The heat sink employed in this work is passive and profile in nature, with characteristics such as tall and broad fins, large spaces between fins, and a thick base. Since the use of a fan would introduce unwanted noise into the fibre-optic interferometer setup, we have opted against employing such a method.

3.2 Aluminum mounting box

The aluminum box, a critical component in our design, serves to contact and mount a laser diode to a TEC Peltier (cold side). In the design of the Aluminum Mounting Box, particular attention was given to its dimensions and functionality to ensure optimal performance. The box is precisely crafted with dimensions of 30mm in length, 30mm in breadth, and 10mm in height. To accommodate the essential components, the box is drilled with two specific holes: one with a smooth inner surface, with a diameter of 6.35mm to house the laser diode and closer to the Peltier cooler (cold side), and another with a diameter of 1.8mm for the temperature sensor, as depicted in Figure 4. The temperature sensor hole also extends to a depth of 20mm. These dimensions and adaptations were meticulously calculated to ensure a snug and effective fit for both the laser diode and the temperature sensor, thereby optimizing the thermal management and overall performance of the system.

Plastic screws secure the box to the TEC, enabling adjustable compressive stress while minimizing heat transfer from the heat sink. This approach stabilizes temperature, ensuring laser diode reliability and reducing mounting and maintenance costs compared to thermal glue.

Figure 4. The proposed architecture of a laser temperature controller system

The thermoelectric cooler (TEC) is a solid-state heat pump that uses the Peltier effect to transfer heat from one side (the cold side) to the other (the hot side) through dissimilar semiconductors when direct current (DC) power is applied. Figure 3(b) shows the structure of a thermoelectric cooler. The requirements for choosing TEC are explained as follows [14-18]:

  • The TEC cooling capacity (Qc) depends on the number and shape of P- and N-type pellets. Larger, shorter pellets increase Qc but also raise power usage. Thus, TEC choice relies on power supply (current and voltage) and the object's thermal properties.
  • The cooling capacity (Qc) of a TEC, like the QC 35-1.4-6.0 M chosen for cooling a laser diode, depends on current, voltage, and the temperature difference (ΔT). Optimal efficiency, assessed by the Coefficient of Performance (COP) which is the ratio of the cooling capacity to the consumed electric power. The COP decreases as the power input increases. In this work, Optimal efficiency is achieved when TEC is operating below 40% of its maximum voltage and current.
  • Secure mounting of the TEC with the heat sink and object using high-quality thermal material is recommended to minimize thermal resistance, with a suggested gap under 0.001 inches.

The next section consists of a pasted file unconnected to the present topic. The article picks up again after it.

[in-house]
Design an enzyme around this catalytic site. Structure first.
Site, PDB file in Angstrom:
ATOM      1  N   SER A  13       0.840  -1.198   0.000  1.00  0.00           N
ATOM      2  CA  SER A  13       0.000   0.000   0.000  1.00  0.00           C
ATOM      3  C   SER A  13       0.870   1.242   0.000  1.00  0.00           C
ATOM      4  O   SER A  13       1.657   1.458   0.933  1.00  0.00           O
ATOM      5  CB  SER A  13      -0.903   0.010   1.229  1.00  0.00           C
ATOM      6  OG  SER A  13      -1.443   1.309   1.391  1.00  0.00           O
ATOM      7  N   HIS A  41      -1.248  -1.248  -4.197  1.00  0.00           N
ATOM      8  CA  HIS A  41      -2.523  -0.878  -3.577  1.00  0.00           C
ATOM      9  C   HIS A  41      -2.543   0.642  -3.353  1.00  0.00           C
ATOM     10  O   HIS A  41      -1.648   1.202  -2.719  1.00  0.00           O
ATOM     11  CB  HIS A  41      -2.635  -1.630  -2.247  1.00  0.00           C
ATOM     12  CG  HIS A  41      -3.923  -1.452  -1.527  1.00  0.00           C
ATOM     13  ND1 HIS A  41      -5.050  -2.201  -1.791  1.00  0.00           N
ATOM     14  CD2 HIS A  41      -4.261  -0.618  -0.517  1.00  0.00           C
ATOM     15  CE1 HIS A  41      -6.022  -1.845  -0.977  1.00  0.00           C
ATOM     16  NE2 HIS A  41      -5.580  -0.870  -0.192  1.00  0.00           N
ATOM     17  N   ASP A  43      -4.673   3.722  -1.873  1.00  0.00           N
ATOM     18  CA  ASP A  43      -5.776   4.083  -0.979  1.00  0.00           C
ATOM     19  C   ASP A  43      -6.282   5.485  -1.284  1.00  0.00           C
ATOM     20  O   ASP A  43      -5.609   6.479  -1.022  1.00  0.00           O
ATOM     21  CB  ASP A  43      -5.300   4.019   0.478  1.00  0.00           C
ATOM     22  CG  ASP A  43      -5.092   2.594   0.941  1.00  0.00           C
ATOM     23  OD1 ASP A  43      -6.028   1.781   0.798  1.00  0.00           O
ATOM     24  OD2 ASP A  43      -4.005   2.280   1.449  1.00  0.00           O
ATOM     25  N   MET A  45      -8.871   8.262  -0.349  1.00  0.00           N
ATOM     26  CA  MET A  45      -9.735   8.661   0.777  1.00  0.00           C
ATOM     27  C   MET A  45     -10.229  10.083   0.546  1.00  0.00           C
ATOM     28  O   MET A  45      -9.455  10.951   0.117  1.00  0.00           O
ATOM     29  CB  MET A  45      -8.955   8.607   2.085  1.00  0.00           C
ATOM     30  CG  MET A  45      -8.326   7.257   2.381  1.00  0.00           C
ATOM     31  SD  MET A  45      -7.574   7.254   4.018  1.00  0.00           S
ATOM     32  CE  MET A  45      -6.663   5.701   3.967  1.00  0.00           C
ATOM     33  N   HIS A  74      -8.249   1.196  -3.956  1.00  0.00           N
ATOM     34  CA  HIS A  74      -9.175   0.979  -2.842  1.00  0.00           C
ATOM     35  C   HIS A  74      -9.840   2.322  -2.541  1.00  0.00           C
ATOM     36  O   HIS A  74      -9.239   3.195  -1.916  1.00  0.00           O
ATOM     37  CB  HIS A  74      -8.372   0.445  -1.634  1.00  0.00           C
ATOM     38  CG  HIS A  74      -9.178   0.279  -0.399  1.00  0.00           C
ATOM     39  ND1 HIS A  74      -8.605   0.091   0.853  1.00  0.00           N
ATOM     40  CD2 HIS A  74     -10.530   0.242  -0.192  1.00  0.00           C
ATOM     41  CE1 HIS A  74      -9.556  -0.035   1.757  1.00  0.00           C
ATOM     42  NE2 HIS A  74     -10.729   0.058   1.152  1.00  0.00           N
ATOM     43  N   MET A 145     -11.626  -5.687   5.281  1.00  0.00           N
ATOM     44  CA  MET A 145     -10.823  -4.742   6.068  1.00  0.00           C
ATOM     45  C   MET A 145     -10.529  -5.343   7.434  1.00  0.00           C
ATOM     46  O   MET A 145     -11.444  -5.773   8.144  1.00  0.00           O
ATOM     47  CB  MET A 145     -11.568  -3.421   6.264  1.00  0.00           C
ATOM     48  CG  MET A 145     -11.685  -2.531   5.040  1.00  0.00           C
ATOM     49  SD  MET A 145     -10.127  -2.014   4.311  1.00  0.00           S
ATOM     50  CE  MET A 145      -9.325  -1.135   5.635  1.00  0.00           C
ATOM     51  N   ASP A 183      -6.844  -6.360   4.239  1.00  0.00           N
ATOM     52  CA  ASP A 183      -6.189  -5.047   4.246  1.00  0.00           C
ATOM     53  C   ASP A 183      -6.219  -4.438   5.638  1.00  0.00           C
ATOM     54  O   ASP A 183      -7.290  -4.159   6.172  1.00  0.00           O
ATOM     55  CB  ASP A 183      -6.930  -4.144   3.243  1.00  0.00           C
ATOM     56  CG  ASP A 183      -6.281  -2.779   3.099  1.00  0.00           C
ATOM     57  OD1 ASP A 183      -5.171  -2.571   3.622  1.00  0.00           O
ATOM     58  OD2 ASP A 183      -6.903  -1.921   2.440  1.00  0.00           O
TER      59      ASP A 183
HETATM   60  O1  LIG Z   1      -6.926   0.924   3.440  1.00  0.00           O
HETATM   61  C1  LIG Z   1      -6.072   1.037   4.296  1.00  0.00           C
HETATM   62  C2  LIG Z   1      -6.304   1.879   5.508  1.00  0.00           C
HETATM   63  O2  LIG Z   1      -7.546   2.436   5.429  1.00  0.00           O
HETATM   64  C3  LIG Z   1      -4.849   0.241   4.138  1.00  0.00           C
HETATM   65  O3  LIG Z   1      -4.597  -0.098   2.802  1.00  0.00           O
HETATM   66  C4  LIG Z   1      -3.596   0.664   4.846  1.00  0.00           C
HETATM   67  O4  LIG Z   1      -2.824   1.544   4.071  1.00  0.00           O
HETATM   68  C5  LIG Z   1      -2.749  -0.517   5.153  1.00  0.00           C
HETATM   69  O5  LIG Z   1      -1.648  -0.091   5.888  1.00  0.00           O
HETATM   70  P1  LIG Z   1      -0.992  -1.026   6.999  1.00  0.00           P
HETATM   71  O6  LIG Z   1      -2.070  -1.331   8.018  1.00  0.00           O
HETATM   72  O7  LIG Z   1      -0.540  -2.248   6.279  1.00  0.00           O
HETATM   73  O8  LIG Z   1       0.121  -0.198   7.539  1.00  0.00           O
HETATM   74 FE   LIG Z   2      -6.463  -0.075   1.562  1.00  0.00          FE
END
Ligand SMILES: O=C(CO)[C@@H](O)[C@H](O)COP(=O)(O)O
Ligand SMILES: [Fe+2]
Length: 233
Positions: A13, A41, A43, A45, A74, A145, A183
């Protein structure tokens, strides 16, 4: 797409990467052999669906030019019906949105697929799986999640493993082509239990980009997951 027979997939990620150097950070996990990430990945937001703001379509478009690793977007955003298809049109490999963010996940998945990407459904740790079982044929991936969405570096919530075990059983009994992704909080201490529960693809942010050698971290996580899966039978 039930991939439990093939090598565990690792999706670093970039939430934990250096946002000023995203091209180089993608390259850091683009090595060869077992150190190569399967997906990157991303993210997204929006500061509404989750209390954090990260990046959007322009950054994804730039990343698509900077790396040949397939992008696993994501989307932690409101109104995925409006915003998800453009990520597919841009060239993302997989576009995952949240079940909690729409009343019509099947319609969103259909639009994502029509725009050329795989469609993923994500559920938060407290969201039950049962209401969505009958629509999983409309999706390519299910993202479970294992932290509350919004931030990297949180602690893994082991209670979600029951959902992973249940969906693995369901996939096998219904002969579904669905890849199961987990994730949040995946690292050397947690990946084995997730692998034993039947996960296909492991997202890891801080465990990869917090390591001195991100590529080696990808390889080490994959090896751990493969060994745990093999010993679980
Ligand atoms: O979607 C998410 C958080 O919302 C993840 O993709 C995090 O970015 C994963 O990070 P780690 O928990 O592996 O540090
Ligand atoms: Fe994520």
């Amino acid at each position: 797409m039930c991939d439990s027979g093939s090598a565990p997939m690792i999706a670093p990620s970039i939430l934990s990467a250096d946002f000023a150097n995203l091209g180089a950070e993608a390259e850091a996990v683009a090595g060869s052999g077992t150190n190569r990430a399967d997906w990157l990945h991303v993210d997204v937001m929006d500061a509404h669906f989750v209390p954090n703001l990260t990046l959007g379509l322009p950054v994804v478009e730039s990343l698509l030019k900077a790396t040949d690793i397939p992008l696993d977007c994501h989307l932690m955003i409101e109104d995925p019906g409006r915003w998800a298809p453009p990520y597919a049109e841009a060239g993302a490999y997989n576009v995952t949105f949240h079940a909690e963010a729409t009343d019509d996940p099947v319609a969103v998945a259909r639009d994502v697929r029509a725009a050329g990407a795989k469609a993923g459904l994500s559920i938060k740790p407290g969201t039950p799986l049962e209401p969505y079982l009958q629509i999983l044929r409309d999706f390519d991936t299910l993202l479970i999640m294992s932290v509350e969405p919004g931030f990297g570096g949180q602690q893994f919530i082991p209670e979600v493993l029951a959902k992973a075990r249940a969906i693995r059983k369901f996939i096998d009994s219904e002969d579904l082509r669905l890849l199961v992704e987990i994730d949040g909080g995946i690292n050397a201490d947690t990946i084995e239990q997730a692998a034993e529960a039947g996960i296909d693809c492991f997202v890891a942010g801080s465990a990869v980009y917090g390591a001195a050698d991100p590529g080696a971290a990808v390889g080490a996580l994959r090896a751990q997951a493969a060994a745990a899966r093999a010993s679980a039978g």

• Driving the TEC is performed by pulse width modulation (PWM), which is obtained through an integrated H-bridge PWM switch-mode driver (e.g., MAX1968) or by designing a TEC driver circuit with a microcontroller like STM32F4xx, which later generates low current PWM.
  • Prior to TEC selection, determining the cold surface temperature $\left(T_c\right)$, hot surface temperature $\left(T_h\right)$, and required heat absorption capacity $\left(Q_c\right)$ is essential.

3.4 Temperature sensor

In temperature control systems, temperature sensors are crucial for measuring and safeguarding against temperature-induced distortions. Common types include thermocouples, resistive temperature devices (RTDs), thermistors, and integrated silicon sensors. Selection criteria encompass accuracy, temperature range, response speed, thermal coupling, environmental factors, and cost. In defining sensor requirements for a standard laser cooling system, the selection of an appropriate sensor necessitates the following considerations [19-21]:

  • Very high robustness and ability of a sensor to repeat a measurement when going back to the same environment.
  • The operating wide-temperature range depends on the laser specification (e.g., -40 to 70℃).
  • Extremely high sensitivity is needed to detect small changes in the laser diode temperature.
  • A high speed of response is required to maintain the temperature constant while controlling it.
  • Small size and linearity characteristics.
  • Some sensors request external power, which causes inaccuracy due to self-heating and can be avoided by limiting the level of electrical current.

Given the specified criteria, the RTD Pt1000, a platinum-chip temperature sensor, is employed due to its advantages including long-term stability in air, reduced noise sensitivity with current excitation, and the ability to generate voltage output with minimal current (<1 mA). This sensor is characterized by its robustness, compactness, linearity, and high sensitivity (±0.01℃).